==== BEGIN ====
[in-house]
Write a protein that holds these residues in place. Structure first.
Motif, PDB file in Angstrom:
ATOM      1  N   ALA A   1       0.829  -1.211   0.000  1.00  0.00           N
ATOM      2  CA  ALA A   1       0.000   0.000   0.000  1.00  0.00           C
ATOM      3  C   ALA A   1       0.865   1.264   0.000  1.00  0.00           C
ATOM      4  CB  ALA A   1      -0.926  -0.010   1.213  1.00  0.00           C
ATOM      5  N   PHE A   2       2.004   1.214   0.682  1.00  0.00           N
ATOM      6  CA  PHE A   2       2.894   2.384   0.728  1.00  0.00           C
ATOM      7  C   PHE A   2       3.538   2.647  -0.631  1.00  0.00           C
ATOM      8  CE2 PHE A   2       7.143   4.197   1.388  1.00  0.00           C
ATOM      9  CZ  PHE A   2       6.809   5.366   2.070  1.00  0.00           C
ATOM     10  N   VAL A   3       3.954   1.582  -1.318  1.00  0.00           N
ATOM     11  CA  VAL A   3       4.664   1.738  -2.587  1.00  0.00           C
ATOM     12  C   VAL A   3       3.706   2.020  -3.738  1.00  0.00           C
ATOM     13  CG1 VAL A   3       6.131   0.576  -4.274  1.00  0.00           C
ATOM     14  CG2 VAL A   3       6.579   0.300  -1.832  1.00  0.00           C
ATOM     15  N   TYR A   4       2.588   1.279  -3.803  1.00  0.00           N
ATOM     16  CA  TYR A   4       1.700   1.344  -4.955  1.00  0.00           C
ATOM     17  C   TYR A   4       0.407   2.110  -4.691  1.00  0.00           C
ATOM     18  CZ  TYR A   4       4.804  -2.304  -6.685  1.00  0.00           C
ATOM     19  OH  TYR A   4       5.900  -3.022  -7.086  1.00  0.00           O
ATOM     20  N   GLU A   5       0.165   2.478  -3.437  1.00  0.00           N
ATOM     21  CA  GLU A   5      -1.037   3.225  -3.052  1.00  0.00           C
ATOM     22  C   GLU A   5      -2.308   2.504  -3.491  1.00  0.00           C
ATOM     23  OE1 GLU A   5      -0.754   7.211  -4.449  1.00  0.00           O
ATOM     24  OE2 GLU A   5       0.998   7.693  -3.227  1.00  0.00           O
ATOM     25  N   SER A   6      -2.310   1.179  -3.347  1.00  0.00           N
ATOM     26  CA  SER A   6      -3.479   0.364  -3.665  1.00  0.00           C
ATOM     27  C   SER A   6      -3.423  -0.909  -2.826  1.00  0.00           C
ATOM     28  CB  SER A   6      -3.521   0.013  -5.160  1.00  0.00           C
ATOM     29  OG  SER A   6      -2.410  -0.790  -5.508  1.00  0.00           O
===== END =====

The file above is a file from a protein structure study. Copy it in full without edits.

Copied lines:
[in-house]
Write a protein that holds these residues in place. Structure first.
Motif, PDB file in Angstrom:
ATOM      1  N   ALA A   1       0.829  -1.211   0.000  1.00  0.00           N
ATOM      2  CA  ALA A   1       0.000   0.000   0.000  1.00  0.00           C
ATOM      3  C   ALA A   1       0.865   1.264   0.000  1.00  0.00           C
ATOM      4  CB  ALA A   1      -0.926  -0.010   1.213  1.00  0.00           C
ATOM      5  N   PHE A   2       2.004   1.214   0.682  1.00  0.00           N
ATOM      6  CA  PHE A   2       2.894   2.384   0.728  1.00  0.00           C
ATOM      7  C   PHE A   2       3.538   2.647  -0.631  1.00  0.00           C
ATOM      8  CE2 PHE A   2       7.143   4.197   1.388  1.00  0.00           C
ATOM      9  CZ  PHE A   2       6.809   5.366   2.070  1.00  0.00           C
ATOM     10  N   VAL A   3       3.954   1.582  -1.318  1.00  0.00           N
ATOM     11  CA  VAL A   3       4.664   1.738  -2.587  1.00  0.00           C
ATOM     12  C   VAL A   3       3.706   2.020  -3.738  1.00  0.00           C
ATOM     13  CG1 VAL A   3       6.131   0.576  -4.274  1.00  0.00           C
ATOM     14  CG2 VAL A   3       6.579   0.300  -1.832  1.00  0.00           C
ATOM     15  N   TYR A   4       2.588   1.279  -3.803  1.00  0.00           N
ATOM     16  CA  TYR A   4       1.700   1.344  -4.955  1.00  0.00           C
ATOM     17  C   TYR A   4       0.407   2.110  -4.691  1.00  0.00           C
ATOM     18  CZ  TYR A   4       4.804  -2.304  -6.685  1.00  0.00           C
ATOM     19  OH  TYR A   4       5.900  -3.022  -7.086  1.00  0.00           O
ATOM     20  N   GLU A   5       0.165   2.478  -3.437  1.00  0.00           N
ATOM     21  CA  GLU A   5      -1.037   3.225  -3.052  1.00  0.00           C
ATOM     22  C   GLU A   5      -2.308   2.504  -3.491  1.00  0.00           C
ATOM     23  OE1 GLU A   5      -0.754   7.211  -4.449  1.00  0.00           O
ATOM     24  OE2 GLU A   5       0.998   7.693  -3.227  1.00  0.00           O
ATOM     25  N   SER A   6      -2.310   1.179  -3.347  1.00  0.00           N
ATOM     26  CA  SER A   6      -3.479   0.364  -3.665  1.00  0.00           C
ATOM     27  C   SER A   6      -3.423  -0.909  -2.826  1.00  0.00           C
ATOM     28  CB  SER A   6      -3.521   0.013  -5.160  1.00  0.00           C
ATOM     29  OG  SER A   6      -2.410  -0.790  -5.508  1.00  0.00           O